Janet
This book is the culmination of the trilogy and quite possibly the best of the three. Written through the perspective of the leaders of the Civil War, the strategy and emotions tell the story beyond the historical facts. The difficult decisions made by Lee and Grant provide perspectives on the war that helped me facilitate a better understanding of our nation’s history during as well as in the years following the war. I recommend these books to those who enjoy historical fiction.
Jack
This is the third and final installment of a civil war trilogy. It was as well written as either of the first two. I enjoy reading historical fiction and the historical novels written by Jeff Shaara (and his father, Michael) are among the best. Thoroughly researched and written from the personal viewpoint of the main characters, this novel presents an accurate, unbiased, easily digestible presentation of the final couple of years of America's civil war.
Dan
May 08, 2008 Dan rated it 4 of 5 stars
Shelves: history
Excellent third and final book to this US civil war trilogy. My amazement at the length of the war and the bloodshed/carnage during the war only continued to expand with each page. The war just went on and on until the Confederate Army was literally reduced to almost nothing. It is less of a social implication on the war as the first two books and is more of a strategic recounting of the last 1/3 of the war. As in the previous two books the officers are described in wonderful detail and I found...more
« previous 1 3 4 5 6 7 8 9 99 100 next »
There are no discussion topics on this book yet. Be the first to start one »
  • Never Call Retreat: Lee and Grant: The Final Victory (Gettysburg, #3)
  • The Killer Angels
  • Cain at Gettysburg
  • Shiloh
  • The Last Full Measure: The Life and Death of the First Minnesota Volunteers
  • From Manassas To Appomattox
  • Gettysburg
  • Lee
  • General James Longstreet: The Confederacy's Most Controversial Soldier
  • The Life of Johnny Reb: The Common Soldier of the Confederacy
  • The Bloody Ground (The Starbuck Chronicles, #4)
  • Look Away (U.S. Civil War, #1)
  • The Black Flower: A Novel of the Civil War
  • A Stillness at Appomattox
  • The Passing of Armies: An Account of the Final Campaign of the Army of the Potomac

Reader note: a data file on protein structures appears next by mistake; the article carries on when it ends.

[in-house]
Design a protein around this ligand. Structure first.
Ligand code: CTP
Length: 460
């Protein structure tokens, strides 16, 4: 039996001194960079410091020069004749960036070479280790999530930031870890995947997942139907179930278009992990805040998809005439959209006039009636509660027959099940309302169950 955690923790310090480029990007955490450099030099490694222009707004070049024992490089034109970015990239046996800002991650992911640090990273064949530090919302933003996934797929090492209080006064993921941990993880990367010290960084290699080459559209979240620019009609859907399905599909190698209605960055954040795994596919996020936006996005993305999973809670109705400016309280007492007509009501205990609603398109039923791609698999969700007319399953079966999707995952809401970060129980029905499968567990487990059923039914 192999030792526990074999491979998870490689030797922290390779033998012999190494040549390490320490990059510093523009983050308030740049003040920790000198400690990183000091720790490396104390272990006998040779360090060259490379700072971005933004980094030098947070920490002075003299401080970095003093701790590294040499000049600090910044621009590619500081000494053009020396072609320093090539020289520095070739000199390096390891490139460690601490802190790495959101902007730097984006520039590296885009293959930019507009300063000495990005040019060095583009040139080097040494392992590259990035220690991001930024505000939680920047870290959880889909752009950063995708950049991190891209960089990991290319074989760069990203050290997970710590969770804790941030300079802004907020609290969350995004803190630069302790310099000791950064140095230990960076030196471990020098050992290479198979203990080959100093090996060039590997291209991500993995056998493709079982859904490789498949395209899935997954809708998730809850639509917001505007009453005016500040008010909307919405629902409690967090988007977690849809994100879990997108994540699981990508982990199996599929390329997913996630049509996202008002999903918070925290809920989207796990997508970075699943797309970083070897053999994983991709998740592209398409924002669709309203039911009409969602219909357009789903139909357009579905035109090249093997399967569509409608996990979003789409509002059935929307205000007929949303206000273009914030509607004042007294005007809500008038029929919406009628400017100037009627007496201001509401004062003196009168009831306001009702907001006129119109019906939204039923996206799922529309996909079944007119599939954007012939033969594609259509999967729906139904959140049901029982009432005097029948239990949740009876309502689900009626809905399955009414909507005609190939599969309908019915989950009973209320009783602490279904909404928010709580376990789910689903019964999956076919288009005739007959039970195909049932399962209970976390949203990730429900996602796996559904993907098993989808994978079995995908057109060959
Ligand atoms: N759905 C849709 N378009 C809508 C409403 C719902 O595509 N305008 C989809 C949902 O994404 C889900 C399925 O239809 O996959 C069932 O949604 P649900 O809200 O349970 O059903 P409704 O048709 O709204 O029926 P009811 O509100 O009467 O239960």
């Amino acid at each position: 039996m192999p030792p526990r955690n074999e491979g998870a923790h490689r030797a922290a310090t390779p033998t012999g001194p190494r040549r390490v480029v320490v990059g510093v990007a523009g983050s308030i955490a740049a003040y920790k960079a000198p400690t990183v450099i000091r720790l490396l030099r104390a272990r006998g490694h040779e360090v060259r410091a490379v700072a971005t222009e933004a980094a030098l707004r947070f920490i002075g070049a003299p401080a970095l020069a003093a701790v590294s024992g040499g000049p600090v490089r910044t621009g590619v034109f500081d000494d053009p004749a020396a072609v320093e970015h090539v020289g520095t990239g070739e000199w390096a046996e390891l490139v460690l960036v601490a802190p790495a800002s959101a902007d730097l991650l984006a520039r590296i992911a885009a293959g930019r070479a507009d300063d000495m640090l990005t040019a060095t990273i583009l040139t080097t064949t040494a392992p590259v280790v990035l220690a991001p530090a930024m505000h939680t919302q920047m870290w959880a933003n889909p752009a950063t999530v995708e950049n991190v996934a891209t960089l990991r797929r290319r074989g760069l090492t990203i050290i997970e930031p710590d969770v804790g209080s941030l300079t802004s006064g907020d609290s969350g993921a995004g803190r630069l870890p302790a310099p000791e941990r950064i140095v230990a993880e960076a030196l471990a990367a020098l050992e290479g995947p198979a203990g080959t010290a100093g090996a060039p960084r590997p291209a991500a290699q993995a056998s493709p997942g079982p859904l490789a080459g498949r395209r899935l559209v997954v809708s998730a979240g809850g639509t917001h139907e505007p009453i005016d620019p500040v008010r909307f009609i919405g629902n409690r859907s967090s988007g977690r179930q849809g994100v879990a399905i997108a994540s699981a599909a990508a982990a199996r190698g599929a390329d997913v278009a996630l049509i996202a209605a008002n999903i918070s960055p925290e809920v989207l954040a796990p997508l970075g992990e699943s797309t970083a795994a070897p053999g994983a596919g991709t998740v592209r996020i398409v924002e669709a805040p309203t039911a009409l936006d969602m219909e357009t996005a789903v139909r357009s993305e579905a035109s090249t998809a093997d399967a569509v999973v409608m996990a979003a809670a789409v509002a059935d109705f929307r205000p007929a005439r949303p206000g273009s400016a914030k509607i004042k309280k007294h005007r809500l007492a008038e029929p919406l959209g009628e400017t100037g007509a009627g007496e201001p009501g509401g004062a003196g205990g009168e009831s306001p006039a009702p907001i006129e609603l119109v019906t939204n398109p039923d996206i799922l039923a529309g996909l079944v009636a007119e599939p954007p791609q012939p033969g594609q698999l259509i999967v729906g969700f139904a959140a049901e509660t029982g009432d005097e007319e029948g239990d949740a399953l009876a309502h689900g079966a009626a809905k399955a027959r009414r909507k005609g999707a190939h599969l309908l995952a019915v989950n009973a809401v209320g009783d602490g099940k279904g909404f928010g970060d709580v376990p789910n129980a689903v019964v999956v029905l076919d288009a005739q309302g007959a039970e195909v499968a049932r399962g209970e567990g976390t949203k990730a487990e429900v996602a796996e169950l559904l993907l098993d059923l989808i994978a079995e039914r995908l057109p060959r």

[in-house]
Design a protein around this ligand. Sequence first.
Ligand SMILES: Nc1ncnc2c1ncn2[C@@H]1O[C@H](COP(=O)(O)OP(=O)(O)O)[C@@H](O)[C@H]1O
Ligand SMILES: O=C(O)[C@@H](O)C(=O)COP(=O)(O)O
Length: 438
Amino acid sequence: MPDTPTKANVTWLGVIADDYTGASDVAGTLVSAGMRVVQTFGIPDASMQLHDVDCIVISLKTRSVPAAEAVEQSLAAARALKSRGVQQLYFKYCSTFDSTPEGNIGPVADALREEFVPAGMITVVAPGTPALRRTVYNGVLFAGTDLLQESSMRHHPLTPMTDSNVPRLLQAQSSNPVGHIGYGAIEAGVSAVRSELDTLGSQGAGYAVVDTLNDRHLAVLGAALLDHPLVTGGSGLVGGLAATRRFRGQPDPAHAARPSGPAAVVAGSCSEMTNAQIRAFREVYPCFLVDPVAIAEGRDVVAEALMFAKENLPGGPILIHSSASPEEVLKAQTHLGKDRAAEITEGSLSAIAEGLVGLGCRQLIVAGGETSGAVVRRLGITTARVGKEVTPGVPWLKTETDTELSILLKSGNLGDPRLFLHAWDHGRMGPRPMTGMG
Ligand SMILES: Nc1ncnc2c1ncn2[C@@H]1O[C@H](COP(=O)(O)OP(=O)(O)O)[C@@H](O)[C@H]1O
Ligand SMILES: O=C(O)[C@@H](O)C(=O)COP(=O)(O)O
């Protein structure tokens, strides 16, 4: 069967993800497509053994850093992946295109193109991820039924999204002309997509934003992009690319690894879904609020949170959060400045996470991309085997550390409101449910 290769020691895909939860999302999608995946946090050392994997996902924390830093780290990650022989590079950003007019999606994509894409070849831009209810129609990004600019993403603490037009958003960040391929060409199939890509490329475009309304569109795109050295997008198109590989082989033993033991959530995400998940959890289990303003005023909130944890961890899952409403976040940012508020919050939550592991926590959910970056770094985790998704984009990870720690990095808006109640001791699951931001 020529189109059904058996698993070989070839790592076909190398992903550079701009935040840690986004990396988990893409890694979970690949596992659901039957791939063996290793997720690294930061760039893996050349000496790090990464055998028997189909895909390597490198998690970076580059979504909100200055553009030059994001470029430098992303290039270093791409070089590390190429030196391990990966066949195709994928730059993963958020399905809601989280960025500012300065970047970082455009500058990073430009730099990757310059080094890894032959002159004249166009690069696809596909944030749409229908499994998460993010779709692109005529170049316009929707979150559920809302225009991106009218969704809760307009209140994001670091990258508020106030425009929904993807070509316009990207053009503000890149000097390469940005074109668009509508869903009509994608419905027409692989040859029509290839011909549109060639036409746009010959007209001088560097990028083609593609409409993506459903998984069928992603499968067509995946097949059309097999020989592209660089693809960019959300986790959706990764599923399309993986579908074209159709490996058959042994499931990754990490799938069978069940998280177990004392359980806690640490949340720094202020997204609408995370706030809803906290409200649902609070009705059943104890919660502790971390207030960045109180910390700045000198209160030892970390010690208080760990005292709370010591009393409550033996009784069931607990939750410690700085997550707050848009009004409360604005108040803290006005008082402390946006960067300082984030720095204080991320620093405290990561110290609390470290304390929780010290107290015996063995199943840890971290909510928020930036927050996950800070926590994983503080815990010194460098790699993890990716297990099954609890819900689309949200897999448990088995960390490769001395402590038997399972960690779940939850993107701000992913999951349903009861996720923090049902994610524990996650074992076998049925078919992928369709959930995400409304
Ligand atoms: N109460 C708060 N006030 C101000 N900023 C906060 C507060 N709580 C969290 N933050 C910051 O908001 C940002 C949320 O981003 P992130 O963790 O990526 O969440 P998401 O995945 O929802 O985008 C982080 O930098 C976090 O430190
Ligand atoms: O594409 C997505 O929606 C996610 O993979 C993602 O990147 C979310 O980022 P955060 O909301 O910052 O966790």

14655
Jeff Shaara, a descendant of Italian immigrants, was born in New Brunswick, New Jersey ("Shaara" was originally spelled "Sciarra"). He grew up in Tallahassee, Florida, and graduated from Florida State University with a degree in Criminology. From age 16, Jeff operated a rare coin business, first out of his home, then in a retail store. After moving to Tampa, Jeff became one of the most widely know...more
More about Jeff Shaara...
Gods and Generals Rise to Rebellion The Rising Tide (World War II: 1939-1945, #1) The Glorious Cause To the Last Man: A Novel of the First World War

Share This Book

“world will little note, nor long remember what we say here, but can never forget what they did here. It is for us, the living, rather to be dedicated to the great task remaining before us—that from these honored dead we take increased devotion to that cause for which they here gave the last full measure of devotion …” 1 likes
“Richmond serves one purpose. Lee must defend it. If we threaten the city, he will have to confront us. Lee will soon learn … we are not going away. If the newspapers and all those people in Washington must hear that, fine, I will write it down, send a letter to Stanton. You can deliver it yourself, read it to him, to all of them, make them understand what we are going to do. If it takes all summer … if it takes all year … it is only a matter of time before General Lee must face the consequences.” 1 likes
More quotes…